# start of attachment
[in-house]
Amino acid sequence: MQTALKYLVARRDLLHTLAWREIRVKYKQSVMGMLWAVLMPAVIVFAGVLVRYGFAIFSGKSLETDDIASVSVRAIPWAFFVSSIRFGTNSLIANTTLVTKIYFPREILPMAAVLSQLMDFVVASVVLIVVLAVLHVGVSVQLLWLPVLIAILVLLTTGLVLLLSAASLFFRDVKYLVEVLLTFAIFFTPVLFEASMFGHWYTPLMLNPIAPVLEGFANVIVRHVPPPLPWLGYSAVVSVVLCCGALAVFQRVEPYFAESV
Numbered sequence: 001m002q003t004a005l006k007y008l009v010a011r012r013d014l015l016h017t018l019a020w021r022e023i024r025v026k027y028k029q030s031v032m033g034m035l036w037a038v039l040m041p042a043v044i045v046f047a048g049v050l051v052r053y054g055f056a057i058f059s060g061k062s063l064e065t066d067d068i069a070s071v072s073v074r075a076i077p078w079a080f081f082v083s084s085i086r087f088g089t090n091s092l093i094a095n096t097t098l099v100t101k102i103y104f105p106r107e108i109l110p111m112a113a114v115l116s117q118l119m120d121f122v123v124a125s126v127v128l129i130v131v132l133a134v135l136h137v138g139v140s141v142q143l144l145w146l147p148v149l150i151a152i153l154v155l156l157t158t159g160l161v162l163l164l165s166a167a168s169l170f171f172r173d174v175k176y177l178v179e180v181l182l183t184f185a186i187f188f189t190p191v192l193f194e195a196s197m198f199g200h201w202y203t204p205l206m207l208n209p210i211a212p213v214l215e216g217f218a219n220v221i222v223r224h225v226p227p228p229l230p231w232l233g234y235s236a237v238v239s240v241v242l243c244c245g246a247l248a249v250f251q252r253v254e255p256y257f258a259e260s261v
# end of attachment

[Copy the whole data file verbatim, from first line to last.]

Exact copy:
[in-house]
Amino acid sequence: MQTALKYLVARRDLLHTLAWREIRVKYKQSVMGMLWAVLMPAVIVFAGVLVRYGFAIFSGKSLETDDIASVSVRAIPWAFFVSSIRFGTNSLIANTTLVTKIYFPREILPMAAVLSQLMDFVVASVVLIVVLAVLHVGVSVQLLWLPVLIAILVLLTTGLVLLLSAASLFFRDVKYLVEVLLTFAIFFTPVLFEASMFGHWYTPLMLNPIAPVLEGFANVIVRHVPPPLPWLGYSAVVSVVLCCGALAVFQRVEPYFAESV
Numbered sequence: 001m002q003t004a005l006k007y008l009v010a011r012r013d014l015l016h017t018l019a020w021r022e023i024r025v026k027y028k029q030s031v032m033g034m035l036w037a038v039l040m041p042a043v044i045v046f047a048g049v050l051v052r053y054g055f056a057i058f059s060g061k062s063l064e065t066d067d068i069a070s071v072s073v074r075a076i077p078w079a080f081f082v083s084s085i086r087f088g089t090n091s092l093i094a095n096t097t098l099v100t101k102i103y104f105p106r107e108i109l110p111m112a113a114v115l116s117q118l119m120d121f122v123v124a125s126v127v128l129i130v131v132l133a134v135l136h137v138g139v140s141v142q143l144l145w146l147p148v149l150i151a152i153l154v155l156l157t158t159g160l161v162l163l164l165s166a167a168s169l170f171f172r173d174v175k176y177l178v179e180v181l182l183t184f185a186i187f188f189t190p191v192l193f194e195a196s197m198f199g200h201w202y203t204p205l206m207l208n209p210i211a212p213v214l215e216g217f218a219n220v221i222v223r224h225v226p227p228p229l230p231w232l233g234y235s236a237v238v239s240v241v242l243c244c245g246a247l248a249v250f251q252r253v254e255p256y257f258a259e260s261v